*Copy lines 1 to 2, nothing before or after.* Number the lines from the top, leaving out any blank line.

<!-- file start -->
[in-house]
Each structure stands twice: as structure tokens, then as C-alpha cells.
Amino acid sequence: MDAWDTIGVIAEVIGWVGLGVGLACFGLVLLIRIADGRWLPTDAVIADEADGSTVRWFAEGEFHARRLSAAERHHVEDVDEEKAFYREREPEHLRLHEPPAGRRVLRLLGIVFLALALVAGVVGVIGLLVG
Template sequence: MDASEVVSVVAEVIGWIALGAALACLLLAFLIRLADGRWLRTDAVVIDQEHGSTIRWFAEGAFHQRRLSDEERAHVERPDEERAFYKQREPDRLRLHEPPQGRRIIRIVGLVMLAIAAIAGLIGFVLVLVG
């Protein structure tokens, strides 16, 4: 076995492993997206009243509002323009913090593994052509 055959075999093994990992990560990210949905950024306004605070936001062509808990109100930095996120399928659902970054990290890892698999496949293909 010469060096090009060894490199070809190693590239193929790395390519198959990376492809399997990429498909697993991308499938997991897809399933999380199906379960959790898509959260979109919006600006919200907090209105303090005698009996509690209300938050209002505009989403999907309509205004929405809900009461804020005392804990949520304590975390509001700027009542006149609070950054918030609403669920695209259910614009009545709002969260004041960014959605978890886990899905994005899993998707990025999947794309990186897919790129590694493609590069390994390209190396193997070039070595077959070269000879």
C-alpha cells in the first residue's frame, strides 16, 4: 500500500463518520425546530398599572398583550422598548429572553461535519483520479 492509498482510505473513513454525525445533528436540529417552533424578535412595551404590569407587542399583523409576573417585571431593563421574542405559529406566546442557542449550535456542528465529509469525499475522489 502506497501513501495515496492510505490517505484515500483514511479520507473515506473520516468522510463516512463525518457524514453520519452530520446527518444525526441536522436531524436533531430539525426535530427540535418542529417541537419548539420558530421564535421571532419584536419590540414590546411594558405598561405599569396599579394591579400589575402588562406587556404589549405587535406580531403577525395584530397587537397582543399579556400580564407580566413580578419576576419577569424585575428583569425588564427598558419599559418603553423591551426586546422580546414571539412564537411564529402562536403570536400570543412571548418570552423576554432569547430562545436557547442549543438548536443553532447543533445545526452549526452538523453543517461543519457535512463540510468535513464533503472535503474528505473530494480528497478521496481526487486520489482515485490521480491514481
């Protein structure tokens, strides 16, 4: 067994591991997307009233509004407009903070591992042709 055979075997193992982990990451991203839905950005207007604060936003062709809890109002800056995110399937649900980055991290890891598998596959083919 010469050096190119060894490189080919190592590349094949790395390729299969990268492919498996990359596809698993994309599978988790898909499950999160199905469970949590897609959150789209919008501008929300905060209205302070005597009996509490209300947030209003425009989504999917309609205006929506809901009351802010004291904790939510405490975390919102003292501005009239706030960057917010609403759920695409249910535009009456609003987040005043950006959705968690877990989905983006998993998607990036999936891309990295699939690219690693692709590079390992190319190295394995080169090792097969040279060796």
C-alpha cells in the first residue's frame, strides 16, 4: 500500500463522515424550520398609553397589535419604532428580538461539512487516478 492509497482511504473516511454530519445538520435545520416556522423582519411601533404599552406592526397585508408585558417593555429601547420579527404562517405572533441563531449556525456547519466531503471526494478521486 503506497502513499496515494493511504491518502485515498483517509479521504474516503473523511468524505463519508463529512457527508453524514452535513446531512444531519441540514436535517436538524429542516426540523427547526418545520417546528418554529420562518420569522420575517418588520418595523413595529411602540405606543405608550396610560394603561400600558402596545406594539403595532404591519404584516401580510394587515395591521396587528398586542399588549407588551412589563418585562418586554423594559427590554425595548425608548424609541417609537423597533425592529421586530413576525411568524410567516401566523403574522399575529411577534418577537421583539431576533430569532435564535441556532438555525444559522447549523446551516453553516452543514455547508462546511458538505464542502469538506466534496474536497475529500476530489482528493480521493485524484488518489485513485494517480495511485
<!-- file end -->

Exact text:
[in-house]
Each structure stands twice: as structure tokens, then as C-alpha cells.